Accessible only by private boat, helicopter or small plane charter from Saipan, the Northern Islands are well worth the extra effort for the adventurous traveler who loves nature and wishes to enjoy the ultimate in ecotourism. The islands are incredibly beautiful, with smoking volcanoes, black sand beaches, striking rock formations and an abundance of wildlife.
It is truly a unique experience to visit an island that is uninhabited, as most of the Northern Islands are. This was not always the case, as ancient Chamorros once inhabited all of the islands up through Maug (History of the Northern Mariana Islands). During WWII, all residents were repatriated to Saipan. Today there are only small settlements on Agrigan and Pagan. The islands are seldom visited, except by scientists and CNMI Emergency Management Office officials, who monitor the activity of the volcanoes.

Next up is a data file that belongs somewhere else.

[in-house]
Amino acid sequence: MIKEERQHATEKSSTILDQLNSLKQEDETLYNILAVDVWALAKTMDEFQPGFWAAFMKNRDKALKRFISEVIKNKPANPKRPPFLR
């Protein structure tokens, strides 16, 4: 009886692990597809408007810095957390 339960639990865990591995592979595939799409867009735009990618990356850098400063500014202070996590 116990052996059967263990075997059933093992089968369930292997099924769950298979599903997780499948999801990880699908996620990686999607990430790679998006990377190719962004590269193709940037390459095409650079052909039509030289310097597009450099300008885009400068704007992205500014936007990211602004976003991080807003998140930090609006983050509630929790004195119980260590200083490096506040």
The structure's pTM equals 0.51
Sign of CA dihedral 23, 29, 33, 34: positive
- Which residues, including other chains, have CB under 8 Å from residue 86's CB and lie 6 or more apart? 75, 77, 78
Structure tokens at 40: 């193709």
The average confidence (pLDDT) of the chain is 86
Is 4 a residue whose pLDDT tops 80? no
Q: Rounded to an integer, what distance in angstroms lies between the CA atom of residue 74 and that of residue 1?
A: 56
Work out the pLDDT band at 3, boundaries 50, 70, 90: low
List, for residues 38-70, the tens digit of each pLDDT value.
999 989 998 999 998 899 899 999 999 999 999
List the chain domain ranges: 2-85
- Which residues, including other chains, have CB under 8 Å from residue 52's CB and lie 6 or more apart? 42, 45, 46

This Picture taken On June 1, 2015 the team of intrepid climbers and cutters made it to within 26 vertical feet (8 metres) of the highest point on Agrihan Island and all of Micronesia! What kept them from reaching the very top of that 3,166 foot (965 metres) was a deep cleft, or crevasse, separating them from those final few feet to the top. Roger Kaul (the main organizer of the expedition) later asked his friend, geologist Nicholas C. Schmerr, why there was a crevasse near the crater's rim.